“This is great real-world experience, and I hope others that come after our class have the same opportunity,” said Penney. “I’m pretty sure it’ll only get better from here.”

Eaton District Operations Manager Joe Montanari and Bonkoske agree that this partnership promises to grow over time.

“This partnership is our contribution to education,” said Montanari. “And when I toured TSTC and the Electrical Power and Controls labs, they left an impression. Many students don’t get the type of training TSTC students receive.”

Montanari said the hands-on training the Eaton Experience Center provides is a supplement to what students are already learning at TSTC, and future plans for the partnership include supporting the program with equipment and tools, sending field engineers and technicians to the college for presentations, and ultimately hiring TSTC graduates.

Montanari’s counterparts in North Texas already work closely with and hire graduates from TSTC in Waco.

“TSTC students come highly recommended,” said Montanari. “And I’ve already been impressed with the students’ engagement, willingness to learn and excitement they have shown us.”

Bonkoske added that the opportunities found at Eaton’s Experience Center extend beyond Electrical Power and Controls, and he hopes in the near future he can incorporate Electrical Lineworker Technology, Cyber Security Technology and Industrial Maintenance into this training experience.

Electrical Power and Controls is also offered at TSTC’s Abilene, North Texas, Waco and Williamson County campuses.

For more information on the program, visit tstc.edu.

HVAC student finds her new career at TSTC

Camille Martinez thought she had settled on her life-long career right out of high school, but after more than a decade and realizing she was no longer growing without a degree, she took her life in a different direction.

The 39-year-old is now a Heating, Ventilation and Air Conditioning (HVAC) student at Texas State Technical College in Fort Bend County and the only female in the program.

“I can’t tell you why or how I became interested in HVAC, except that we live in Texas and we always need air conditioners,” she said with a laugh. “But in all seriousness, I know that HVAC is a stable industry and I will probably never be out of job or opportunities.”

For more than a decade Martinez worked with Texas Instruments in photolithography, processing images on chips that are part of fabrication for technologies used in, among other things, toys such as the Furby doll.

“Life was good, and I got comfortable. I was making really good money without a college degree,” said Martinez. “But at the same time not having that degree was weighing on me and I didn’t have growth opportunities because of it.”

So for a little over a year, she lived off her savings so she could begin the process of returning to school, but in the midst of it all her mother got ill and Martinez  became her full-time caregiver.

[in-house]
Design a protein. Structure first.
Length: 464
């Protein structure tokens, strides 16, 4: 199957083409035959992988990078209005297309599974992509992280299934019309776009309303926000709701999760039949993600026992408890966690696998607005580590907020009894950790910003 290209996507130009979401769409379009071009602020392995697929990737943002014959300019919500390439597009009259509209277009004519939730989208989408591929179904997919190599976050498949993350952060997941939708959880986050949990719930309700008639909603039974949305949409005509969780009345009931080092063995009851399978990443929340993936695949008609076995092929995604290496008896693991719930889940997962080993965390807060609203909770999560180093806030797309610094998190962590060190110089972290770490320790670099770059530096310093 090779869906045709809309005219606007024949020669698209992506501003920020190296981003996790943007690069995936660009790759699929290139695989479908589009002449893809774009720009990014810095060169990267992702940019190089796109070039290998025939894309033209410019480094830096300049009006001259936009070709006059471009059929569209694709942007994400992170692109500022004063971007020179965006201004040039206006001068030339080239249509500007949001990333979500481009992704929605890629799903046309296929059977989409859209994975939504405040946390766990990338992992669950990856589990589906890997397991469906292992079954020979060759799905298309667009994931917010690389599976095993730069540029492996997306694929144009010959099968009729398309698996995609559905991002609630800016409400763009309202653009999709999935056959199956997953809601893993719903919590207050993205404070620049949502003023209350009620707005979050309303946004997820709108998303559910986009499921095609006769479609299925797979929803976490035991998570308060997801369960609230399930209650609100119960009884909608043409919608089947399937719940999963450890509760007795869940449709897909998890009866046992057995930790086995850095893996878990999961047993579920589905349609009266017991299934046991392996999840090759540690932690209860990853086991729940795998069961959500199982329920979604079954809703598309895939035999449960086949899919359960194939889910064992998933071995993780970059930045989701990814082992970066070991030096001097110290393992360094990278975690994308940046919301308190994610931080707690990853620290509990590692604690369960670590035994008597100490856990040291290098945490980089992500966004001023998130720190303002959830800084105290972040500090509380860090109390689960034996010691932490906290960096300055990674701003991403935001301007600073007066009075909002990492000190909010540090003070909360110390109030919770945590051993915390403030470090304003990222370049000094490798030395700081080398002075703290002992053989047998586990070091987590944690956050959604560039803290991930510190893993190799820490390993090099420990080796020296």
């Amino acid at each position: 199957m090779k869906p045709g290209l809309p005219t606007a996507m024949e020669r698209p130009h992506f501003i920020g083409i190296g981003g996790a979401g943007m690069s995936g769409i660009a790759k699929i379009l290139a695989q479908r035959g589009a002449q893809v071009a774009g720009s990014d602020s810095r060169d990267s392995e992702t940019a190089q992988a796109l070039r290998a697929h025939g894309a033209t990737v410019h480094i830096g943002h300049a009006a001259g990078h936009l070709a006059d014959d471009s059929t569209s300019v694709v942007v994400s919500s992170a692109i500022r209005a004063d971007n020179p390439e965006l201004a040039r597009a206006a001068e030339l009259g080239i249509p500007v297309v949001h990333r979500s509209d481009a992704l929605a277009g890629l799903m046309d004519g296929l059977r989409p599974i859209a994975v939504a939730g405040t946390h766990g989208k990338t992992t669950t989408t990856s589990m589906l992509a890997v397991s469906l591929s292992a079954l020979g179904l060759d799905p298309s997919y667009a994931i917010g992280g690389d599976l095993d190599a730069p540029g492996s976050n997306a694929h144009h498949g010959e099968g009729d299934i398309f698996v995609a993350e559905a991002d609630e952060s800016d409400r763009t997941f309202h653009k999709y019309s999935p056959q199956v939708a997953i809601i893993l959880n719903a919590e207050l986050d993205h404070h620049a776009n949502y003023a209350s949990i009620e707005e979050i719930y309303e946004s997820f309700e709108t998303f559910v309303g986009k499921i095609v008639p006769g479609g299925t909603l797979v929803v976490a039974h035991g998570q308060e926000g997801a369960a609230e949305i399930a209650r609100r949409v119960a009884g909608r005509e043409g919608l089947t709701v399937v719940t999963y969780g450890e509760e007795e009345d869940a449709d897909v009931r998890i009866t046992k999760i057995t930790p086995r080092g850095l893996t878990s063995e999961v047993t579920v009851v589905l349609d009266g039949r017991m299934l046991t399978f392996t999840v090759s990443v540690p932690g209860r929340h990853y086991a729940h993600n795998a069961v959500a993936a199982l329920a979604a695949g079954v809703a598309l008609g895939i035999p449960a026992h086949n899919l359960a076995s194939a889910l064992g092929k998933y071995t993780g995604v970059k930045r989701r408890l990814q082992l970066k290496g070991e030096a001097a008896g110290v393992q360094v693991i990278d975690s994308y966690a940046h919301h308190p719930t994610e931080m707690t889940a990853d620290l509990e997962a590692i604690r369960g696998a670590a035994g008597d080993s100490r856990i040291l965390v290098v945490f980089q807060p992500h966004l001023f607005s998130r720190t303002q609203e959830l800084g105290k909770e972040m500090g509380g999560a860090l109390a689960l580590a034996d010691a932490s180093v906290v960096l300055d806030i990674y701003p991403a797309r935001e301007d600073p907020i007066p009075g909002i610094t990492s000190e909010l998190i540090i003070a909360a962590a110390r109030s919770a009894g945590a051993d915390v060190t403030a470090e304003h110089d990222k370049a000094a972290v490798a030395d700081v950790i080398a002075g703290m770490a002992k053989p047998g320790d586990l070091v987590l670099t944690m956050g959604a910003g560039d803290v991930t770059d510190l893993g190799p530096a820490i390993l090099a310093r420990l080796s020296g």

“My mom was my motivator. What was I was going to do without her?” said Martinez. “The one thing I know she wanted for me was to become a college graduate, so after she passed away in June I set out to do just that.”

The Richmond native holds a perfect 4.0 grade-point average, was recently invited to join Phi Theta Kappa Honor Society for her academic achievement and expects to earn her certificate in Summer 2019.

“I’m excited for this new chapter in my life,” she said. “I now have a goal, opportunities and the chance at a long-term career.”

She said her time at TSTC has been life-changing and her hands-on training invaluable. From the instructors to her classmates, who she now considers little brothers, she said her experience at TSTC has been a positive one.

“Everyone has been so supportive, encouraging and motivating,” said Martinez. “I never expected this, especially as the only woman in the class. But they have all proved me wrong. In fact, I’ve come to learn that everyone on campus plays a part in our success.”

Now with everything in place for Martinez, she said she expects to return to TSTC for an associate degree  and looks forward to begin her career working in the field to gain experience that she hopes leads to her very own HVAC company.

“My family has been so supportive making this an easy decision for me,” she said. “Because at TSTC I’m no longer wandering. I have a path and a sense of accomplishment. I have a future.”

Students like Martinez, who are enrolled in HVAC Technology, have access to industry-standard labs and an opportunity to learn and practice on commercial and residential heating and air conditioning equipment, refrigeration equipment and chilled water systems.

There are certificate and degree tracks provided so students can enter the field as skilled HVAC mechanics or installers.

HVAC Technology is also offered at TSTC’s Harlingen, North Texas, Waco and Williamson County Campuses.

For more information, visit tstc.edu/programs/HVACTechnology.